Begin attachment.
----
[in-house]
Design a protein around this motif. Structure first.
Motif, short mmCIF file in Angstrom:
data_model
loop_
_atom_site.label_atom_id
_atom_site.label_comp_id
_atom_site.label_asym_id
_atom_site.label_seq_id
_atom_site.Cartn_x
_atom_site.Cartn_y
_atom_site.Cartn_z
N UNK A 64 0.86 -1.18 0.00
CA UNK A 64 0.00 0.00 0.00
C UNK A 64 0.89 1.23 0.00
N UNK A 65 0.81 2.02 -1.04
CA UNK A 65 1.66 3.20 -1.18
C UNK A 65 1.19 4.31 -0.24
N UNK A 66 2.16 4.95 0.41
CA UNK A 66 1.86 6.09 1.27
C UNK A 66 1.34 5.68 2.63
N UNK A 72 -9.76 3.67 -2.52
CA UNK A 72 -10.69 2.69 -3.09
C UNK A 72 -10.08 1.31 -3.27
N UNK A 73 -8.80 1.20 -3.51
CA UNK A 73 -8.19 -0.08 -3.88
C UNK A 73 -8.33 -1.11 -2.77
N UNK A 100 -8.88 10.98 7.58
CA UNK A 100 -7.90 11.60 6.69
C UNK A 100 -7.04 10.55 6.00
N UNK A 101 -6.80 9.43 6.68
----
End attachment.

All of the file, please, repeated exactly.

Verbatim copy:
[in-house]
Design a protein around this motif. Structure first.
Motif, short mmCIF file in Angstrom:
data_model
loop_
_atom_site.label_atom_id
_atom_site.label_comp_id
_atom_site.label_asym_id
_atom_site.label_seq_id
_atom_site.Cartn_x
_atom_site.Cartn_y
_atom_site.Cartn_z
N UNK A 64 0.86 -1.18 0.00
CA UNK A 64 0.00 0.00 0.00
C UNK A 64 0.89 1.23 0.00
N UNK A 65 0.81 2.02 -1.04
CA UNK A 65 1.66 3.20 -1.18
C UNK A 65 1.19 4.31 -0.24
N UNK A 66 2.16 4.95 0.41
CA UNK A 66 1.86 6.09 1.27
C UNK A 66 1.34 5.68 2.63
N UNK A 72 -9.76 3.67 -2.52
CA UNK A 72 -10.69 2.69 -3.09
C UNK A 72 -10.08 1.31 -3.27
N UNK A 73 -8.80 1.20 -3.51
CA UNK A 73 -8.19 -0.08 -3.88
C UNK A 73 -8.33 -1.11 -2.77
N UNK A 100 -8.88 10.98 7.58
CA UNK A 100 -7.90 11.60 6.69
C UNK A 100 -7.04 10.55 6.00
N UNK A 101 -6.80 9.43 6.68